Prioritize to enjoy the true meaning of the season, which includes appreciating loved ones and refraining from strangling them with a wad of tangled lights. Realize the outside may not reflect reality. A healthy family shoveling snow together could have emerged from tensions indoors over something as simple as missing mittens.
Bring it down. Lower stress by being realistic. You don’t need to spend hours on Pinterest to create the perfect holidays. You have a style all your own. Live it, even if it includes (horrors!) plain paper plates.
Forget the extra strand of lights and go for a walk instead. Enjoy nature — and other people’s decorations. In a month, the walk will have mattered more. Skip the family portrait and take candid shots at home. Let the kids take pictures from their perspective. On a snowy day in January, when schedules slow down, use the photos to create an album.
Capitalize on what matters to you, personally. Be brave. It may not agree with the media’s vision, the Butterball commercial’s Norman Rockwell portrayal, or Facebook posts. You are real. Keep expectations realistic.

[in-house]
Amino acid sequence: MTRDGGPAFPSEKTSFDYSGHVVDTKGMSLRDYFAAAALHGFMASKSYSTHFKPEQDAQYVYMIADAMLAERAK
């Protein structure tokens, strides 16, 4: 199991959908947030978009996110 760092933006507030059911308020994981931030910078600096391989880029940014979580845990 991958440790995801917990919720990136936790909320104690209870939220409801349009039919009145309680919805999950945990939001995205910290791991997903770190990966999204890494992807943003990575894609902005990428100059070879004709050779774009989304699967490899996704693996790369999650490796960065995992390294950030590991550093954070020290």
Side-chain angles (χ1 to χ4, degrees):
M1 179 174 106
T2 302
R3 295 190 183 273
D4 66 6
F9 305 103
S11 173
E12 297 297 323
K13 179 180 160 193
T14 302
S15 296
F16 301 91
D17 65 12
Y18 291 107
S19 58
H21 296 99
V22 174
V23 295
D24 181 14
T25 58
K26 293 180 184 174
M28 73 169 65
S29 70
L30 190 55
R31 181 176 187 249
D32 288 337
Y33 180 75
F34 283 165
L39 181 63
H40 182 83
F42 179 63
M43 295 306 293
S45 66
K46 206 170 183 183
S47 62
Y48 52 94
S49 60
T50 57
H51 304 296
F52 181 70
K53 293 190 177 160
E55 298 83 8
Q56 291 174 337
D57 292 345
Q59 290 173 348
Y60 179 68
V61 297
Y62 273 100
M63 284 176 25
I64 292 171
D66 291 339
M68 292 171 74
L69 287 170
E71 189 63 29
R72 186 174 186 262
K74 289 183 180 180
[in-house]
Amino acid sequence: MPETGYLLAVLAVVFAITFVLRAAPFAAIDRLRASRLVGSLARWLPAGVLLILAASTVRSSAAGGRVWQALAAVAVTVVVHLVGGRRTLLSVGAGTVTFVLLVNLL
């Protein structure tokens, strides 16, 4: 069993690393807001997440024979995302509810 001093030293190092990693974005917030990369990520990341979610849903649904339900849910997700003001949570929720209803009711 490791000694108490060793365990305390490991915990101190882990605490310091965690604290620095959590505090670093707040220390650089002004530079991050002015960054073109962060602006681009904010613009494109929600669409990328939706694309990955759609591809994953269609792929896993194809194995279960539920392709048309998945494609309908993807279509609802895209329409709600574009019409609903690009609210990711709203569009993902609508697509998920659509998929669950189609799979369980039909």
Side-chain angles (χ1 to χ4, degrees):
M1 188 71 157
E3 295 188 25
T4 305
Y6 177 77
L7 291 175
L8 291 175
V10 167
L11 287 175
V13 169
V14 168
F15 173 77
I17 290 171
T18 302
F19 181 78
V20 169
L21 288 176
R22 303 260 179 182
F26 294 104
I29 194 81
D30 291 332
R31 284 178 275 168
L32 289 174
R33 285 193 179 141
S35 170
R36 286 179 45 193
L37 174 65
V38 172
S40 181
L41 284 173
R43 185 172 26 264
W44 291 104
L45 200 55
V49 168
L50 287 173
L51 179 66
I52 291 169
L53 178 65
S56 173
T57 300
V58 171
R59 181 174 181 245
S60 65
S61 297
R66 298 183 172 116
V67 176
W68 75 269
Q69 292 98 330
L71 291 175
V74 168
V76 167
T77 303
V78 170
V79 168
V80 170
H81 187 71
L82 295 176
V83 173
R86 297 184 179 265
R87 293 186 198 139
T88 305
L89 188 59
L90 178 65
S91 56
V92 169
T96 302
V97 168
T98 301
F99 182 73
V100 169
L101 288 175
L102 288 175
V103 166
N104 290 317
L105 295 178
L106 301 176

Of yourself! Gift yourself the friendship you extend to others. Treat yourself as you would a best buddy. Make time for your favorites and focus on your health. In your travels, autopilot your car to the Center for your fitness routine.
Racing through Macy’s with the latest coupon coup; waiting in check-out lines, arms laden packages; perspiring not by the dreamy fire but at the class party where kids’ excitement heats up the temp, along with your holiday turtleneck. Although cardiovascular and aerobic in their physical nature, these activities should not replace a healthy workout. Rather, a healthy workout can reduce the stress these activities put on your body and mind.
Increased heart rate and breaking into a sweat does not always mean you are achieving the benefits of exercise. The above scenarios actually stress your body, even if they burn a calorie or two. The stress hormone cortisol is released, producing a compromised immune system and a bleak mental outlook. Again, what happened to the “happiest season of all”?